The myriad issues plaguing the Illinois Condominium Law arena have been subject to several recent opinions from two separate divisions within the 1st District Appellate Court. Unfortunately, the contrasting court rulings ultimately serve to confuse more than clarify.
The string of new cases all focus on a particular section of the Illinois Condominium Property Act, which provides that a foreclosure sale purchaser must pay condominium assessments “from and after the first day of the month” following the foreclosure sale in order to “confirm the extinguishment” of a condominium association’s lien. The Illinois Supreme Court, in 1010 Lake Shore Assoc. v. Deutsche Bank National Trust Co., 2015 IL 118372, had previously ruled that a condominium association’s lien for pre-foreclosure sale assessments was owed in full by a foreclosure sale purchaser who failed to pay any assessments, as the lien’s extinguishment was never confirmed under the statute.
In 2017’s 5510 Sheridan Road Condominium Association v. U.S. Bank, 2017 IL App (1st) 160279), where payment was made approximately seven months after confirmation, the Sixth Division 1st District Appellate Court ruled that foreclosure sale purchasers are not subject to any payment deadline in order to confirm the extinguishment of a condominium association’s lien, stating that if the General Assembly had wished to include a strict deadline, they certainly would have done so.
In contrast, just months later, the Second Division of the same Appellate Court in Country Club Estates Condominium Assoc. v. Bayview Loan Servicing, LLC, 2017 IL App (1st) 162459, instead ruled that “prompt” payment was required. The court stated that to the extent 5510 Sheridan Road “may be read as imposing no timing deadline whatsoever on foreclosure buyers, we find that conclusion to be inconsistent with 1010 Lake Shore.” The court further implied that seven months may be too long, absent extenuating circumstances, but remanded to the lower court for a ruling on whether prompt payment had in fact occurred.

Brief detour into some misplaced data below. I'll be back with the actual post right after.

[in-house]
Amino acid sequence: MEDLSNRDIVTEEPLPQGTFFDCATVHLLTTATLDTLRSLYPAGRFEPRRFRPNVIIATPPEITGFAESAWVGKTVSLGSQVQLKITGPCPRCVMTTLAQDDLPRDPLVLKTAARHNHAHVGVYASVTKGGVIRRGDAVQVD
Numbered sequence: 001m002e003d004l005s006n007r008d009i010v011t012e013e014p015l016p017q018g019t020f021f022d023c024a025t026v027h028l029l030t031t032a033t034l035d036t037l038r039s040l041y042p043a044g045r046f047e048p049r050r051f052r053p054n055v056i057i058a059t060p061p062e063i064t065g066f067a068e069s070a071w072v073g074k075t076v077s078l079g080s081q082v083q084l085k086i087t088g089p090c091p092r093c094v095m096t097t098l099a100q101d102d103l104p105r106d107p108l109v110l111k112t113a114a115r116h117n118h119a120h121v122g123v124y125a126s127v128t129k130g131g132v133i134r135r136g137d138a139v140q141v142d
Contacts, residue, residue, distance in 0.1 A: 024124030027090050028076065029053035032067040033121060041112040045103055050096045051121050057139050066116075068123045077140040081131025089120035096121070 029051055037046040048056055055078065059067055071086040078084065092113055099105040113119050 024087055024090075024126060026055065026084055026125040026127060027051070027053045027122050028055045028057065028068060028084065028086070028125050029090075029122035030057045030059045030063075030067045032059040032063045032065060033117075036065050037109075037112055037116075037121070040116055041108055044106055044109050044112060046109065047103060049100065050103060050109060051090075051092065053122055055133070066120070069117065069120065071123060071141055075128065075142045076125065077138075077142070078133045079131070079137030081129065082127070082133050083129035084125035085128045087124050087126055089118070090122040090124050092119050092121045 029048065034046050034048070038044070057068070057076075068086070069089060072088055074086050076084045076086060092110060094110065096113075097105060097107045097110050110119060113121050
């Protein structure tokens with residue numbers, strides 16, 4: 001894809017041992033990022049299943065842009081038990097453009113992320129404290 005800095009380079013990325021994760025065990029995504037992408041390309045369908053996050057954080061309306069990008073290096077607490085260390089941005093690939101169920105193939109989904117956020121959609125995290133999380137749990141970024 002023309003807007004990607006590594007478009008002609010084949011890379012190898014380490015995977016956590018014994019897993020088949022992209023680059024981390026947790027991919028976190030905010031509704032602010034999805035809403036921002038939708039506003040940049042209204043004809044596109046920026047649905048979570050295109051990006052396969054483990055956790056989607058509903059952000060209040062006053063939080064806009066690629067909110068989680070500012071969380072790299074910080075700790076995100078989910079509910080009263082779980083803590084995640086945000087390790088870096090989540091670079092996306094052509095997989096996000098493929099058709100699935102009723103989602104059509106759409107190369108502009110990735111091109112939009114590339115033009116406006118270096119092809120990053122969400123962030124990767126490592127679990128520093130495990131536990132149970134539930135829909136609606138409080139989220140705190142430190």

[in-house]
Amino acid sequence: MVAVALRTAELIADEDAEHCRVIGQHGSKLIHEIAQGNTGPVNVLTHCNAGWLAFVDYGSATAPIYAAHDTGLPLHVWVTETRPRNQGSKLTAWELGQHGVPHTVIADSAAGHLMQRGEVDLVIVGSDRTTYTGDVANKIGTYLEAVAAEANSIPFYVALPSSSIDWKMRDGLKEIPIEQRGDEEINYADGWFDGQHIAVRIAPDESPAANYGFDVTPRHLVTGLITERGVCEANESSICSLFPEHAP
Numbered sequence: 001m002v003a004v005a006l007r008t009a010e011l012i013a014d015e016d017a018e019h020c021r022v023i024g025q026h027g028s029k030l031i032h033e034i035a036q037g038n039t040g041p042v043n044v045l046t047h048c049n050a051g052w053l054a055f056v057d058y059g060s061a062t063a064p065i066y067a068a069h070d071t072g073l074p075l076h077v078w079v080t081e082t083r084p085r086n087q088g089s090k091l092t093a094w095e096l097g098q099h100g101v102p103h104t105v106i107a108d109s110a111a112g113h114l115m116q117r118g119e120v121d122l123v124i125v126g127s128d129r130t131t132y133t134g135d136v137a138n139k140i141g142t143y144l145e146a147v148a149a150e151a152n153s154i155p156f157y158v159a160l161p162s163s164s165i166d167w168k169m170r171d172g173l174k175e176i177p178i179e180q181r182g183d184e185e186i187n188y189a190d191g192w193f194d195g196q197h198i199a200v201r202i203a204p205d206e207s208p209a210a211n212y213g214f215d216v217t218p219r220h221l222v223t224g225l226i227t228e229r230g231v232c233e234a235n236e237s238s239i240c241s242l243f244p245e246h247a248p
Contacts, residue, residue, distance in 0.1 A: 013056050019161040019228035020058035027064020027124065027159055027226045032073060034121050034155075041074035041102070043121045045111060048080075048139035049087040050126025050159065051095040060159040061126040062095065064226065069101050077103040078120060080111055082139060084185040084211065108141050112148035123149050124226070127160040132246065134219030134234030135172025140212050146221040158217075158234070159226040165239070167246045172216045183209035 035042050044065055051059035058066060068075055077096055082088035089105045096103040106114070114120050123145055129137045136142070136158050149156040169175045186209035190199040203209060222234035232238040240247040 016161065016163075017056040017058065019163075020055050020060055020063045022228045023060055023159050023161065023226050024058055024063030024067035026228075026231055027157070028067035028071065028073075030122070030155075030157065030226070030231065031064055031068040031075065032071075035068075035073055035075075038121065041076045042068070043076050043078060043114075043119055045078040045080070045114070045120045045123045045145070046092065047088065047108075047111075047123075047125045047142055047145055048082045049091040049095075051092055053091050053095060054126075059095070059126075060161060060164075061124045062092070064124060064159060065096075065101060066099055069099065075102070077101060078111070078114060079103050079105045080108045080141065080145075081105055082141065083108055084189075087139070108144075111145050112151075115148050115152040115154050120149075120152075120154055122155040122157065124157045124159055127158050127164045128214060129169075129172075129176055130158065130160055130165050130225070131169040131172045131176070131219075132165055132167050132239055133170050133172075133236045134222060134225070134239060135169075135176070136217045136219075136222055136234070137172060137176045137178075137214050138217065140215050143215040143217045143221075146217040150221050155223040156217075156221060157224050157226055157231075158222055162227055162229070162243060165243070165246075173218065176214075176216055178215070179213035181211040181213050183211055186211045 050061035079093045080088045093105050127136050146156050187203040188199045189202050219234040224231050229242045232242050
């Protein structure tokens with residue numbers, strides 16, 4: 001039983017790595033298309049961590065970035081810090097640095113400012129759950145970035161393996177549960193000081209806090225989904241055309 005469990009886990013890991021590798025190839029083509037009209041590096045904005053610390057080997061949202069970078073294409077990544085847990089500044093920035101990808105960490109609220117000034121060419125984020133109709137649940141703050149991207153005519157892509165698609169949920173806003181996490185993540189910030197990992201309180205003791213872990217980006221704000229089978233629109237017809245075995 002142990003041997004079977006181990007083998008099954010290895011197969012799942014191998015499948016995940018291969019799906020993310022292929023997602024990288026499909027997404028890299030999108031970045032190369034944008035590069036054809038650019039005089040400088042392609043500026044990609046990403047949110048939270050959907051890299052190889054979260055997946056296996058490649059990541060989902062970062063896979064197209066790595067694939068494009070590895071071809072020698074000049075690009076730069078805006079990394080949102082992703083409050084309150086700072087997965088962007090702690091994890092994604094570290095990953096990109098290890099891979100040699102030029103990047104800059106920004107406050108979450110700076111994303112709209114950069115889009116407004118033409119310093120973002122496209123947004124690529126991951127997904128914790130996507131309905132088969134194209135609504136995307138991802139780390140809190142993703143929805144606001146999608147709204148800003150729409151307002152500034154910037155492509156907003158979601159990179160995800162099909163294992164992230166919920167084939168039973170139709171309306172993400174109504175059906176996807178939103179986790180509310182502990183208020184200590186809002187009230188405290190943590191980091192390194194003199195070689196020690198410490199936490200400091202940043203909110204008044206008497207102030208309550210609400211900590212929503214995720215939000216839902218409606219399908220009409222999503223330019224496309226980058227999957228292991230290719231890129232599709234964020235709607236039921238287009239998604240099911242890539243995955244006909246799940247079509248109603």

Seemingly in response, earlier this year the Sixth Division fired back with Quadrangle House Condominium Association v. U.S. Bank, N.A., 2018 IL App (1st) 171713, where payment was made approximately nine months after confirmation. In rejecting the notion that payment must be “prompt,” the court stated that 1010 Lake Shore “did not hold that prompt payment is a condition precedent” and that the “payment of post-purchase assessments, whenever made, is the step necessary” to confirm extinguishment.
On the heels of this ruling, this same Sixth Division issued another opinion, V&T Investment Corporation v. West Columbia Place Condominium Association, 2018 IL App (1st) 170436, where partial payment was made approximately four months after sale yet less than two months after confirmation. The court first confirmed that assessments were owed as of the first month following the sale, not the first month following confirmation of the sale. However, rather confusingly, the court then looked to whether the payment was “prompt,” citing to Country Club Estates to determine that payment was indeed prompt, as it was made shortly after the confirmation of the sale.
Taking full advantage of the apparent confusion in its neighboring division, the Second Division of Illinois’ 1st District Appellate Court responded in June of 2018 with U.S. Bank, N.A. v. Quadrangle House Condominium Association, 2018 IL App (1st) 171711. To muddy the waters even further, this new case involves virtually the same parties as Quadrangle House Condominium Association v. U.S. Bank, N.A., 2018 IL App (1st) 171713, decided by the Sixth Division earlier in 2018 on a separate unit—thereby creating two “Quadrangle” cases out of the same district, in the same year, with vastly different interpretations. Although the earlier Sixth Division’s Quadrangle held that promptness wasn’t even a requirement, the new Quadrangle by the Second Division specifically addressed the Sixth Division’s apparent change of tune in V&T Investment Corporation v. West Columbia Place Condominium Association before reasserting its position that promptness is, in fact, a necessity.
In its analysis, the new Quadrangle Court pointed out that sale confirmation occurred in the month following the foreclosure sale, with payments to the association beginning less than two months thereafter, concluding that payment under this factual situation was prompt. The court’s focus on the sale confirmation date, rather than merely the date of the sale itself, implies that it remains an important factor in determining promptness.
However, it seems clear that the only thing truly certain in this evolving area of law is that resolution is far from certain.